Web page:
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Thought of the day: Green Party takes a page out of a soft-drink’s playbook

Written by Norris McDonald

Cast your mind back to 1985 – you might not have been alive; if that’s the case, you’re excused – when a soft-drink company pulled off the greatest PR stunt in the history of PR stunts.

Coca-Cola’s popularity was sliding. It had been the soft-drink industry leader for decades but was falling behind Pepsi and some others. Something had to be done.

Now, the company denies that what follows was planned. But that’s like Jackie Gleason finding some “lost” episodes of his classic, “The Honeymooners,” and the reporters calling co-star Art Carney for reaction and he says, “ ‘Lost them, eh? Ho, ho, ho.”

So we will take the company at its word, but with a wink and a nudge.

One day, Coca-Cola announced that it was scrapping the “old” Coke and would introduce “New Coke.” There was a great PR buildup with newspaper and TV/radio ads (no Internet yet), billboards, the placing on talk shows of celebrities who were paid to work New Coke into the conversation, other placements of the product and by the time it was introduced, everybody was in a frenzy to try the stuff.

I usually watch Canadian TV news between 6 and 7 p.m. but I switched to NBC with John Chancellor at 6:30 to find out if it really was a story in the States. Was it? How about the No. 1 story for five consecutive nights?

Monday: New Coke is unveiled amid great fanfare

Tuesday: The expected approval didn’t materialize

Wednesday: Coca-Cola realizes it might have made a mistake

Thursday: Soft-drink industry experts made suggestions

Friday: Relax – the old Coke will be back, called Coke Classic

And when it did return several months later, Coke Classic put Coca-Cola back on top. And Coke Classic still outsells Pepsi-Cola to this day.

The reason I told you all this is because it’s happening again today. Not soft drinks this time, but Canadian politics.

There are 338 seats in the House of Commons. The Green Party has two. You need 12 to be recognized as an official party. In October 2020, the party elected Annamie Paul (above) as leader. As she doesn’t have a seat; the parliamentary leader is Elizabeth May, who was the leader from 2006 to 2019.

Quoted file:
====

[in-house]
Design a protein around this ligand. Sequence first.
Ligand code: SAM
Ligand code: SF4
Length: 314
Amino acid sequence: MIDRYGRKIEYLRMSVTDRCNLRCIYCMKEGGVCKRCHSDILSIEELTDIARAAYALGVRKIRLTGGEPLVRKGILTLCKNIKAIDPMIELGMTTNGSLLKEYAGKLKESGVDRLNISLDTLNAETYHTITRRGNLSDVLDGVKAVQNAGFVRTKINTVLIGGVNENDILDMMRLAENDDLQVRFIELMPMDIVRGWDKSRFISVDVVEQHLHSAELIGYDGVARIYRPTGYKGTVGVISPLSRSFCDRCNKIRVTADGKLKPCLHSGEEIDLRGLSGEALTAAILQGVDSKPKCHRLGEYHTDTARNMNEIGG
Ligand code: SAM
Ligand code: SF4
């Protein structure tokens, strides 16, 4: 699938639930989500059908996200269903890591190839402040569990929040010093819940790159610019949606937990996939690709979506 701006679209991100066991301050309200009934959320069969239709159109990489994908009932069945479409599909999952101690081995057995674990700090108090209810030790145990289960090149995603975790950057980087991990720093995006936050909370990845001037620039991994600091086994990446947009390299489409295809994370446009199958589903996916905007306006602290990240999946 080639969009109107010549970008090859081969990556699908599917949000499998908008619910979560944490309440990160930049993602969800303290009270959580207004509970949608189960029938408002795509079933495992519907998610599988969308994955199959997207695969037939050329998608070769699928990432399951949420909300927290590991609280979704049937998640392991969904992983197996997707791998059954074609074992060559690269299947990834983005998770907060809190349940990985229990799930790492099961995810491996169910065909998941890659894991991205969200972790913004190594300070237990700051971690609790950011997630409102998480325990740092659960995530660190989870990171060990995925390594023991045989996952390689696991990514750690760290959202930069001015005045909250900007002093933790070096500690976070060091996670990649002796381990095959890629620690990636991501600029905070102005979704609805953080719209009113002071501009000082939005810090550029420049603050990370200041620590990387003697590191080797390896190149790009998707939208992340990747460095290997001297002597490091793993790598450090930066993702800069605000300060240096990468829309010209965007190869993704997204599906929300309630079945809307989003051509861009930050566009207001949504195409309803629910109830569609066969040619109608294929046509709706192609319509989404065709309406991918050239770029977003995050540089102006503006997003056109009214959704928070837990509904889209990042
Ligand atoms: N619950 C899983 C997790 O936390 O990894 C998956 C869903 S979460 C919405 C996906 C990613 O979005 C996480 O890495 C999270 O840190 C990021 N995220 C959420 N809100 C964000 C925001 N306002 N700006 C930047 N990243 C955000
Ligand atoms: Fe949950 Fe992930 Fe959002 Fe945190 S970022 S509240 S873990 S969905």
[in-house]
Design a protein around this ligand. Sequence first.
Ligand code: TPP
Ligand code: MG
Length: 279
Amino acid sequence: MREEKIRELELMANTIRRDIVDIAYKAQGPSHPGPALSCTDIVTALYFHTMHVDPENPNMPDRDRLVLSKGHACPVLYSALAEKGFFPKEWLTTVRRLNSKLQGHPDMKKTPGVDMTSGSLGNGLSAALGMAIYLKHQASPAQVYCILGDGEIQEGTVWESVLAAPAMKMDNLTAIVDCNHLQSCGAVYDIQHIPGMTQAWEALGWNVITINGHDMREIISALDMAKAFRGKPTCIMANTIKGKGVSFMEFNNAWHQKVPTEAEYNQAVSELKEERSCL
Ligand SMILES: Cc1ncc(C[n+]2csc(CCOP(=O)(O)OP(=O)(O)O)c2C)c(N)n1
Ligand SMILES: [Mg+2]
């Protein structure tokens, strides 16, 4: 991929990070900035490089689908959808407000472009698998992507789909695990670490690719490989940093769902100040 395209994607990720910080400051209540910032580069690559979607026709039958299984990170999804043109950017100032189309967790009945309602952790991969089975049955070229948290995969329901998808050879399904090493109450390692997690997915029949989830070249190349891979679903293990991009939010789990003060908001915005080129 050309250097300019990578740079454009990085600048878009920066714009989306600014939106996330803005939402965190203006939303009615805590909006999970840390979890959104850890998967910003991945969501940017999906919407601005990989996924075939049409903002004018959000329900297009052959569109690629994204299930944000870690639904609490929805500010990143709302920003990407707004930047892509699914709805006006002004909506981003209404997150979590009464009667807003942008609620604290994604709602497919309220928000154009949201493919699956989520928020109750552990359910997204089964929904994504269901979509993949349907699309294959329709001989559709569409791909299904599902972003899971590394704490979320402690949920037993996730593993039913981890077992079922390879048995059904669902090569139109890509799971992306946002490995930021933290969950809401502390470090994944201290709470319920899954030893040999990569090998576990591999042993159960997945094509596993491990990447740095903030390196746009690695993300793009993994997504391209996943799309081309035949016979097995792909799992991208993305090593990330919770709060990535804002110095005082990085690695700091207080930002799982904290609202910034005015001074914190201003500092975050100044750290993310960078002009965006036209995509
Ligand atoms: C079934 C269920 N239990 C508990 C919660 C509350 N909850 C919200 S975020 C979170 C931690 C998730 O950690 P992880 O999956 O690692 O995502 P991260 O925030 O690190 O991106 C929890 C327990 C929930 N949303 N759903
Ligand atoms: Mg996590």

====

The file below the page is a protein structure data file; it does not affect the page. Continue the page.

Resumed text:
From the moment Annamie Paul was elected, there have been non-stop stories about her victory not being a popular one, the handling of party finances, her decision to run again for a seat in downtown Toronto where she was roundly trounced the last time, the party considering taking her to court over whatever (and vice-versa) and on and on and on.

For the life of me, I could not figure out how a party that has two MPs (down from three; one recently became a Liberal) could get so much coverage. In the 2019 election, the Greens attracted just over a million votes compared with between 16 million and 17 million cast for the other parties combined and yet, on a given day, the Greens are going to attract more media attention than the two major parties, the Liberals and the Conservatives.

Just the other morning, the CBC covered – live – Annamie Paul opening her campaign headquarters. I bet they don’t even cover Justin Trudeau opening his campaign headquarters.

But then it hit me.

It’s New Coke. The Greens are sitting around and brainstorming about what they have to do to attract publicity for their product and then they send out the press releases on whatever crosses their minds and the media fall all over themselves to show up to cover it. Whatever it is.

So there’s somebody over at Green Party headquarters who deserves a medal. They took a page out of the soft-drink industry’s PR stunt to end all PR stunts handbook and applied it to the Green Party of Canada.

And just as it did with Coca-Cola in 1985, it’s working.